Carl & Kelly Peters
Freeman Spur, Illinois
'84 Chevy S-10 Blazer
Let's take a moment and run through the list of modifications done to Carl and Kelly Peters' 1984 S-10 Blazer. It's channeled, has a dash from a '59 Impala, a leather interior, airbags, and a paintjob that combines traditional and realistic flames. But really, there's one important detail about this particular SUV that really dominates the overall picture and it's that one simple detail that was the driving force behind this build-a set of valve covers.
A few years back, Carl picked up a set of billet valve covers for a big-block Chevy V-8 that he really liked. They sat on a bench in his garage for a while, just waiting to find a project to go on. When he picked up the '84 Blazer, ideas started rolling around in his head. He could lay it out on big wheels and call it good, or build a Pro-Street monster that struck fear in the hearts of all those who lined up against him at the track. He weighed his options and spent some time pondering over what he really wanted to do. Then, one day, he noticed those valve covers sitting there on his bench, and he decided to put everything together and build a truck that was the best of both worlds.
A phone call or two later and Carl had a 540ci long block on the way, ready to be topped off with all sorts of goodies including Merlin cylinder heads, a B&M MegaBlower, and three 800-cfm Edelbrock carbs. Why 800s? Because the 600s weren't giving him enough fuel. And even though there's a Nitrous Express Super Shark Nozzle system capable of putting out anywhere from 150-1,200 horses installed on the engine, it's not active. It's just insurance in case Carl decides he wants to go any faster. As it is, he's pushing 1,200 horses out of the mammoth block, something he's pretty happy with.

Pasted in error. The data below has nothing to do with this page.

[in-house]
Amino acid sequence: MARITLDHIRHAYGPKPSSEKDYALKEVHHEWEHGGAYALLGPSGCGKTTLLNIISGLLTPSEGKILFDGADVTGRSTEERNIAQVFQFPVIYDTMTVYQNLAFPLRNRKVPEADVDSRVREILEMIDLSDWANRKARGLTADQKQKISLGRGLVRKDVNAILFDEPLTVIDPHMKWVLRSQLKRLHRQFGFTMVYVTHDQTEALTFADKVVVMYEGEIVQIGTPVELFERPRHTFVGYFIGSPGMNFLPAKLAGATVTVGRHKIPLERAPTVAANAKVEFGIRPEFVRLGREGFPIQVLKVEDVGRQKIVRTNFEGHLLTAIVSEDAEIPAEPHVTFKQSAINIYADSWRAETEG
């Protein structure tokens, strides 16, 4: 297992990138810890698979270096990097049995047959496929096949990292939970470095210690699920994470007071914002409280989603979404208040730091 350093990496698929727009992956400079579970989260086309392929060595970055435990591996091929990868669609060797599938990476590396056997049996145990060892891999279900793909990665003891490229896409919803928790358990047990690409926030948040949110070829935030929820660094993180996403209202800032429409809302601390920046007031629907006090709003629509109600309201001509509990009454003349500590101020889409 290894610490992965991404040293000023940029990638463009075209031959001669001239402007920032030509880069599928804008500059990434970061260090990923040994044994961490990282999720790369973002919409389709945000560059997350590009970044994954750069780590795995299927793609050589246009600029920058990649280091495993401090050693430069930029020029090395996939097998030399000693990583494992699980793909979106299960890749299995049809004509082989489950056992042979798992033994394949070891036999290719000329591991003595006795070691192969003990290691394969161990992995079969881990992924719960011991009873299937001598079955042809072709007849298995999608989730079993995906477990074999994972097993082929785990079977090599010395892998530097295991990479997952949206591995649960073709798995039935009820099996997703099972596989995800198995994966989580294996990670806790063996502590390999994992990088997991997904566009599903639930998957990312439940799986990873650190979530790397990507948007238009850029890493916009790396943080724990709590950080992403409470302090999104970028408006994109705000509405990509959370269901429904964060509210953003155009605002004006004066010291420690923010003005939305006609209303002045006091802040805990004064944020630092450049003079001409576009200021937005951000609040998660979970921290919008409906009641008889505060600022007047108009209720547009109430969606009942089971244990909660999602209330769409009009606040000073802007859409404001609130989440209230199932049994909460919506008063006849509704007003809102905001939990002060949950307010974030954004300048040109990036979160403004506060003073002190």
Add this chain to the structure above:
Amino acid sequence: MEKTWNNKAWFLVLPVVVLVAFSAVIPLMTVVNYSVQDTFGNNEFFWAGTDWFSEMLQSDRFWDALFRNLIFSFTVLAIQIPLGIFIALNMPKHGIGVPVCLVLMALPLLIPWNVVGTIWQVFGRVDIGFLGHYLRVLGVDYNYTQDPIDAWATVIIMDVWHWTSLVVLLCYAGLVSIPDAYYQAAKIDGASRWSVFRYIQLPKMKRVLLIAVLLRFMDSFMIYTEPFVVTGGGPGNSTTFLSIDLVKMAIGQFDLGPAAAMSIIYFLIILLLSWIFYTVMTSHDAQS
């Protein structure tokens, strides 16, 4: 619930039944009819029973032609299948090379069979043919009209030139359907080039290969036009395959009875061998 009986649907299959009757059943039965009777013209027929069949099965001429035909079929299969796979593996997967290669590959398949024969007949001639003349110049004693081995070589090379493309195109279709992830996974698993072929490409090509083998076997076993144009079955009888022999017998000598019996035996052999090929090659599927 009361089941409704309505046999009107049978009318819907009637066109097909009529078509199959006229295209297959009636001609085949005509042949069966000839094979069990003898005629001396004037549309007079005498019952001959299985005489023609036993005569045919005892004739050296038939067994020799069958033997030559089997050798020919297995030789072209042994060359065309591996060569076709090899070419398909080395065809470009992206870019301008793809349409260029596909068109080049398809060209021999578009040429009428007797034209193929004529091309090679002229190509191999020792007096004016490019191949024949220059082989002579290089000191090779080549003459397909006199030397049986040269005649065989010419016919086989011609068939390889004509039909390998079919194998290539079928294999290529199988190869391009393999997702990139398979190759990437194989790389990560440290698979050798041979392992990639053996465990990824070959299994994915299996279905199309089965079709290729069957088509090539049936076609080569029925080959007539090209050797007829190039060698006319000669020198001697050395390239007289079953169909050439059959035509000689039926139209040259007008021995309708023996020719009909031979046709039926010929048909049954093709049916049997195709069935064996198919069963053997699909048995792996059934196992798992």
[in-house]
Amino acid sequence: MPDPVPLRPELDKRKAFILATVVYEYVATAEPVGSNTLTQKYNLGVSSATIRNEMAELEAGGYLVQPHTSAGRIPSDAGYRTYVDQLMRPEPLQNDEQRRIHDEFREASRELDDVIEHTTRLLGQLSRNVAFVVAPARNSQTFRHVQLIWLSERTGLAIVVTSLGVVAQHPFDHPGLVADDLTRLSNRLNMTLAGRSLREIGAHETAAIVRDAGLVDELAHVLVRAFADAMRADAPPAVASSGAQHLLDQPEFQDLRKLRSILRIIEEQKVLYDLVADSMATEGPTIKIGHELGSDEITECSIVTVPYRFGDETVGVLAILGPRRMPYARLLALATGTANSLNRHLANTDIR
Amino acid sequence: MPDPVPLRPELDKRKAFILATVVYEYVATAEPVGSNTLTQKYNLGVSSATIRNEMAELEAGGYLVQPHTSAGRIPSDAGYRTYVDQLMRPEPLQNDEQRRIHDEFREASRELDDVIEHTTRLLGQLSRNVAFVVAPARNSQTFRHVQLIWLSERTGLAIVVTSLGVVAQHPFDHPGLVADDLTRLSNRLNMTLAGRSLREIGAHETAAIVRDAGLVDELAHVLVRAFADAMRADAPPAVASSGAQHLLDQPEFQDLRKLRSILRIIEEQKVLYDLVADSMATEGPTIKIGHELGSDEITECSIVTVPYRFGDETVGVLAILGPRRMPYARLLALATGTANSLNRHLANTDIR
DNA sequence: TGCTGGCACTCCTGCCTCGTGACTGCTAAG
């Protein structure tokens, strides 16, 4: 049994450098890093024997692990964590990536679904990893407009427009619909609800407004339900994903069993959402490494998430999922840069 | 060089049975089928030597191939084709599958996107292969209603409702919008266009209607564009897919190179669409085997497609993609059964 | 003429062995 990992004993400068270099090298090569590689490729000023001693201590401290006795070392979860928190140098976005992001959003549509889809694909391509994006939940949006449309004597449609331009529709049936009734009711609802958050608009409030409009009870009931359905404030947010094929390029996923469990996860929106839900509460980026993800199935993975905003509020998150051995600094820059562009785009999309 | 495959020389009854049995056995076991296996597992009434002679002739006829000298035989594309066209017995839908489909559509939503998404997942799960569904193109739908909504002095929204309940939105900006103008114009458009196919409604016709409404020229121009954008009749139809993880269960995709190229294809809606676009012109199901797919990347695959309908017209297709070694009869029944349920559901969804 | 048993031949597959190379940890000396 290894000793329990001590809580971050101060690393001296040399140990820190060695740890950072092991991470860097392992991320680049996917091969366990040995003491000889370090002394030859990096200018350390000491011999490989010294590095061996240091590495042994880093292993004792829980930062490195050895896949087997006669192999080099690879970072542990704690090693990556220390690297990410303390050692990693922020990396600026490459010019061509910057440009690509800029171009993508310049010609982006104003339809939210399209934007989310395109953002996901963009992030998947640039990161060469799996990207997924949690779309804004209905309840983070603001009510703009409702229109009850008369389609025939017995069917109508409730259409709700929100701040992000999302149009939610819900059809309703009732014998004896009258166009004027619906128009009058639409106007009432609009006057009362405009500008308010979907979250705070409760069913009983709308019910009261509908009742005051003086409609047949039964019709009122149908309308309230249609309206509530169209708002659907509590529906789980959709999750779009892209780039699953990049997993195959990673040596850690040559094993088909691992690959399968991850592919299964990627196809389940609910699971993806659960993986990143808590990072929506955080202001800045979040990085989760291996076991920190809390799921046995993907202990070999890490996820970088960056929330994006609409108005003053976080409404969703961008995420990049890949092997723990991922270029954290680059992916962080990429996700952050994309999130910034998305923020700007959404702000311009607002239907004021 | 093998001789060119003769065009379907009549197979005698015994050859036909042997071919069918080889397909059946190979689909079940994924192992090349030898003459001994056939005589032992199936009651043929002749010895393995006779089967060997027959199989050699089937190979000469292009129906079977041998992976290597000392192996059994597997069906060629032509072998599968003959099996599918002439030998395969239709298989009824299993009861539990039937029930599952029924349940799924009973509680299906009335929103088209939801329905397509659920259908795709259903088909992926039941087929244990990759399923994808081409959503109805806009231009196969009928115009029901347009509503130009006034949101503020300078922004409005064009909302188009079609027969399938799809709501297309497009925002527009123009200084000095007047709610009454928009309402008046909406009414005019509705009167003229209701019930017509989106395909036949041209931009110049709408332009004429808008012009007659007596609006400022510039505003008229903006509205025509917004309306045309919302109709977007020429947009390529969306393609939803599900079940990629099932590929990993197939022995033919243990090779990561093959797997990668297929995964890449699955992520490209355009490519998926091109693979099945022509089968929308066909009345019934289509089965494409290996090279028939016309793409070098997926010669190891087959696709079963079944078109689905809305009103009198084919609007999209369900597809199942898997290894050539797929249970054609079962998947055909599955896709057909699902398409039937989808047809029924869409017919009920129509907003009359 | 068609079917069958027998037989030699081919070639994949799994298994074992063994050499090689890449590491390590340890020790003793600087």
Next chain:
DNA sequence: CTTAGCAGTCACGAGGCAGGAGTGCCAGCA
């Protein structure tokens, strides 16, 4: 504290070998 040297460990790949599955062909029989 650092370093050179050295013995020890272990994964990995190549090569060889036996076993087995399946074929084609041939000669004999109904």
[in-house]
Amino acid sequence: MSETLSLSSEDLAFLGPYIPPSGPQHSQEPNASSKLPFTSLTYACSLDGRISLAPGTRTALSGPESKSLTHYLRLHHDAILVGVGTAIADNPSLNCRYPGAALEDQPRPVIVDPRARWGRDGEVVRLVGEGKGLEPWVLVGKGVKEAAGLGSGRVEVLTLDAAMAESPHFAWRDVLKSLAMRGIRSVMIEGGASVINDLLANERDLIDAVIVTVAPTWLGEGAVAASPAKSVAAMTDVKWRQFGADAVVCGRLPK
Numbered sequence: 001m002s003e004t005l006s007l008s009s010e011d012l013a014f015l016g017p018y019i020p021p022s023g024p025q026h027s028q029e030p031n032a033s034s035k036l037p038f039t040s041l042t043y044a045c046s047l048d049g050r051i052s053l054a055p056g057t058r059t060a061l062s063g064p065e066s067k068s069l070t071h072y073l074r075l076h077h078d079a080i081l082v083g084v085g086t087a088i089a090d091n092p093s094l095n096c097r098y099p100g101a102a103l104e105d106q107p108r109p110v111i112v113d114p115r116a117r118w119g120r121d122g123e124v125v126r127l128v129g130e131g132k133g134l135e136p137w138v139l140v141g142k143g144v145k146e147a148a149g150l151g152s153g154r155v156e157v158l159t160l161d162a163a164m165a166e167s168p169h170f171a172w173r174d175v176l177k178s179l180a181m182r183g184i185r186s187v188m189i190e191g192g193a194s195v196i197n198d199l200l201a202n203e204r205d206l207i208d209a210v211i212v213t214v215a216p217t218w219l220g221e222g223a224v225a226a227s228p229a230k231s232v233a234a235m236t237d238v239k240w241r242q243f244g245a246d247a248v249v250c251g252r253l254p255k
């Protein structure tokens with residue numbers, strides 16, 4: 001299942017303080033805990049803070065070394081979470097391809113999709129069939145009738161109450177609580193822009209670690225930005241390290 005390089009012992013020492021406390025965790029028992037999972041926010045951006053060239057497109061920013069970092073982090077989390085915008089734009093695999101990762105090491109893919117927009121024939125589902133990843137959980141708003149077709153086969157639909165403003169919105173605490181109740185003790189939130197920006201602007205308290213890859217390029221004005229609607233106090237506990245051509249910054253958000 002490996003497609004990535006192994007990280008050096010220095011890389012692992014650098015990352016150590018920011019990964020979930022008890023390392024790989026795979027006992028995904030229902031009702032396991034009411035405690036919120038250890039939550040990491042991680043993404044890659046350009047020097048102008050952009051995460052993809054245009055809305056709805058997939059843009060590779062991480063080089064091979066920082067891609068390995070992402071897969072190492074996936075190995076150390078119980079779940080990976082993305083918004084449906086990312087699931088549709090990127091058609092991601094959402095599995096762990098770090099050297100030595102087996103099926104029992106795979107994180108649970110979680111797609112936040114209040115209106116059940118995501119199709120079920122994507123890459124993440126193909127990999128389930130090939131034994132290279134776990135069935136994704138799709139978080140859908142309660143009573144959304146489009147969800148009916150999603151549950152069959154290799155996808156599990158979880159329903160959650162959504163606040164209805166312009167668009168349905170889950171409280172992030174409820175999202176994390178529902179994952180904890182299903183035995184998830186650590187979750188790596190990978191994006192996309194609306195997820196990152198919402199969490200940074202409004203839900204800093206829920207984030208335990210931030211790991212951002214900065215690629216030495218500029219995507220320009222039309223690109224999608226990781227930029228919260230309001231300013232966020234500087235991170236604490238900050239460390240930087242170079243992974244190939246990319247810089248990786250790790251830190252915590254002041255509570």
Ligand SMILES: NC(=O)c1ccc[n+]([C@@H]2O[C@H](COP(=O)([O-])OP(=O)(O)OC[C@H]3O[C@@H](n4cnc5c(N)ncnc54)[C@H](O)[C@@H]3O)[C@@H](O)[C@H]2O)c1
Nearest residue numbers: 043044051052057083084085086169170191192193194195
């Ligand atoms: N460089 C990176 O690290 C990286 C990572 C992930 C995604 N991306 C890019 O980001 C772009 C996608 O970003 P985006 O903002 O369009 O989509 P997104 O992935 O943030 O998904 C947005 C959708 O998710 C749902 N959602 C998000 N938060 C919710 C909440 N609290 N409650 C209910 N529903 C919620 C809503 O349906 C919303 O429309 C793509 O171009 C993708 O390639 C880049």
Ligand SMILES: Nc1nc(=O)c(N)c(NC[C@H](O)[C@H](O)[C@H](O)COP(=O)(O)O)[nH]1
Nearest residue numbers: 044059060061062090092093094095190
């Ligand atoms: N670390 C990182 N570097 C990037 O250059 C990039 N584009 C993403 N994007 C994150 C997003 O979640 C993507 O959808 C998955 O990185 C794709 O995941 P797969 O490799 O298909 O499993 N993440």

The motor seems to overshadow the truck a bit, but look further and there's even more details. The front clip was built to resemble a '94-'98 Silverado and was molded to the fenders. The truck is channeled and 'bagged, a real rarity for the Pro-Street scene. Carl even pulled out the paint gun himself to lay down the two-tone and flame job. Out back, the taillights were shaved, and LEDs were flushed to the sheetmetal.
The interior of this truck is no slouch either. The stock dash was yanked and in its place sits a dash from a '59 Chevrolet Impala. That's not an easy swap to do, because Carl had to take quite a few inches out of the middle just to get it to fit. Then he fabricated metal upper door panels and a flowing console with gauge pockets that match the Impala pods. Of course there had to be a crazy rollcage in the SUV to keep Carl safe, and this one breaks the mold. It's a really cool interior on a truck capable of smoking people on any track, any time.
It's a different concept to be sure, but the total vision looks awesome. Carl's not done building either, he's got a few projects in the works including a '60-'66 C10 laying rocker on 22s and a late '70s Camaro that he's working on for his daughter. Seems like everything Carl does is fast.